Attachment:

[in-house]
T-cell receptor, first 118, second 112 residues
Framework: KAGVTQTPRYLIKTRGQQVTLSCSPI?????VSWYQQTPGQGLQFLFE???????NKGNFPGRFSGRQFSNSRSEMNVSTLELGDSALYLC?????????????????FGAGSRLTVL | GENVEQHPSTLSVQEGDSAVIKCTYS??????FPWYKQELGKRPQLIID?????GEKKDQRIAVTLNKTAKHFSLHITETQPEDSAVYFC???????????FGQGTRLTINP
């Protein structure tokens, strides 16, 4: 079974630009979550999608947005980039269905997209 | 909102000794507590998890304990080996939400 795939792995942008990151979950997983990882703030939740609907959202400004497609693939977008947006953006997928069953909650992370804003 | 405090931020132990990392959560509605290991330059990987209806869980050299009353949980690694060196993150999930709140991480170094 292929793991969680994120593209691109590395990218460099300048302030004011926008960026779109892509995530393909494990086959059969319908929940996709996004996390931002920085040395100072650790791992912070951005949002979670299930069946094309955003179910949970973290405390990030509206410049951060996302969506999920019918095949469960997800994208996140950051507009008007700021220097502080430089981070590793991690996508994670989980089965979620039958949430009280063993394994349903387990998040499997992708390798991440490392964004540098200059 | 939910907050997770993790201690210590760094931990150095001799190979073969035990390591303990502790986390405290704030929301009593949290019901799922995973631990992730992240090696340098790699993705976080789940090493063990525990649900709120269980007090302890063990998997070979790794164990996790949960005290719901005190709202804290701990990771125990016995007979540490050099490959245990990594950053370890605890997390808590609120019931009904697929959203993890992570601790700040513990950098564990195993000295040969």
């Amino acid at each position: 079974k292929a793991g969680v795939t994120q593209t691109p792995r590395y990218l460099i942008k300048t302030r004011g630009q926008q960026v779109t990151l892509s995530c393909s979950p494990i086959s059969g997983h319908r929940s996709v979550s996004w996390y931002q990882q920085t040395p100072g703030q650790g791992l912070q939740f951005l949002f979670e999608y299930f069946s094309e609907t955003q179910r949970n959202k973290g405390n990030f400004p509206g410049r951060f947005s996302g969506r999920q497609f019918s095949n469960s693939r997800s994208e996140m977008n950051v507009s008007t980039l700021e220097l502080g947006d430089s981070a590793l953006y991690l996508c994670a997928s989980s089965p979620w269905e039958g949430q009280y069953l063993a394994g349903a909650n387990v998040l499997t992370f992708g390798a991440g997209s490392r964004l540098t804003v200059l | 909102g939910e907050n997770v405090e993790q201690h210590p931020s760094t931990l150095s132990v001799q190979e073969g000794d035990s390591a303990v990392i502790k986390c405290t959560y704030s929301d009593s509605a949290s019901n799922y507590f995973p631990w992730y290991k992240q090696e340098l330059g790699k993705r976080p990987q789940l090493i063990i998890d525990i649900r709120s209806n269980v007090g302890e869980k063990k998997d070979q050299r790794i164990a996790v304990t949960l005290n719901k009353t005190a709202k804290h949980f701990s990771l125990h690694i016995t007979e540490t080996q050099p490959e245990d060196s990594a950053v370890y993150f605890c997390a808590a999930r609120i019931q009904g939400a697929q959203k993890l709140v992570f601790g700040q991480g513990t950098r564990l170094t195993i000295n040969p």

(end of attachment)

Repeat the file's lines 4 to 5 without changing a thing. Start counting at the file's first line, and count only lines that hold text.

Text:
């Protein structure tokens, strides 16, 4: 079974630009979550999608947005980039269905997209 | 909102000794507590998890304990080996939400 795939792995942008990151979950997983990882703030939740609907959202400004497609693939977008947006953006997928069953909650992370804003 | 405090931020132990990392959560509605290991330059990987209806869980050299009353949980690694060196993150999930709140991480170094 292929793991969680994120593209691109590395990218460099300048302030004011926008960026779109892509995530393909494990086959059969319908929940996709996004996390931002920085040395100072650790791992912070951005949002979670299930069946094309955003179910949970973290405390990030509206410049951060996302969506999920019918095949469960997800994208996140950051507009008007700021220097502080430089981070590793991690996508994670989980089965979620039958949430009280063993394994349903387990998040499997992708390798991440490392964004540098200059 | 939910907050997770993790201690210590760094931990150095001799190979073969035990390591303990502790986390405290704030929301009593949290019901799922995973631990992730992240090696340098790699993705976080789940090493063990525990649900709120269980007090302890063990998997070979790794164990996790949960005290719901005190709202804290701990990771125990016995007979540490050099490959245990990594950053370890605890997390808590609120019931009904697929959203993890992570601790700040513990950098564990195993000295040969």
């Amino acid at each position: 079974k292929a793991g969680v795939t994120q593209t691109p792995r590395y990218l460099i942008k300048t302030r004011g630009q926008q960026v779109t990151l892509s995530c393909s979950p494990i086959s059969g997983h319908r929940s996709v979550s996004w996390y931002q990882q920085t040395p100072g703030q650790g791992l912070q939740f951005l949002f979670e999608y299930f069946s094309e609907t955003q179910r949970n959202k973290g405390n990030f400004p509206g410049r951060f947005s996302g969506r999920q497609f019918s095949n469960s693939r997800s994208e996140m977008n950051v507009s008007t980039l700021e220097l502080g947006d430089s981070a590793l953006y991690l996508c994670a997928s989980s089965p979620w269905e039958g949430q009280y069953l063993a394994g349903a909650n387990v998040l499997t992370f992708g390798a991440g997209s490392r964004l540098t804003v200059l | 909102g939910e907050n997770v405090e993790q201690h210590p931020s760094t931990l150095s132990v001799q190979e073969g000794d035990s390591a303990v990392i502790k986390c405290t959560y704030s929301d009593s509605a949290s019901n799922y507590f995973p631990w992730y290991k992240q090696e340098l330059g790699k993705r976080p990987q789940l090493i063990i998890d525990i649900r709120s209806n269980v007090g302890e869980k063990k998997d070979q050299r790794i164990a996790v304990t949960l005290n719901k009353t005190a709202k804290h949980f701990s990771l125990h690694i016995t007979e540490t080996q050099p490959e245990d060196s990594a950053v370890y993150f605890c997390a808590a999930r609120i019931q009904g939400a697929q959203k993890l709140v992570f601790g700040q991480g513990t950098r564990l170094t195993i000295n040969p």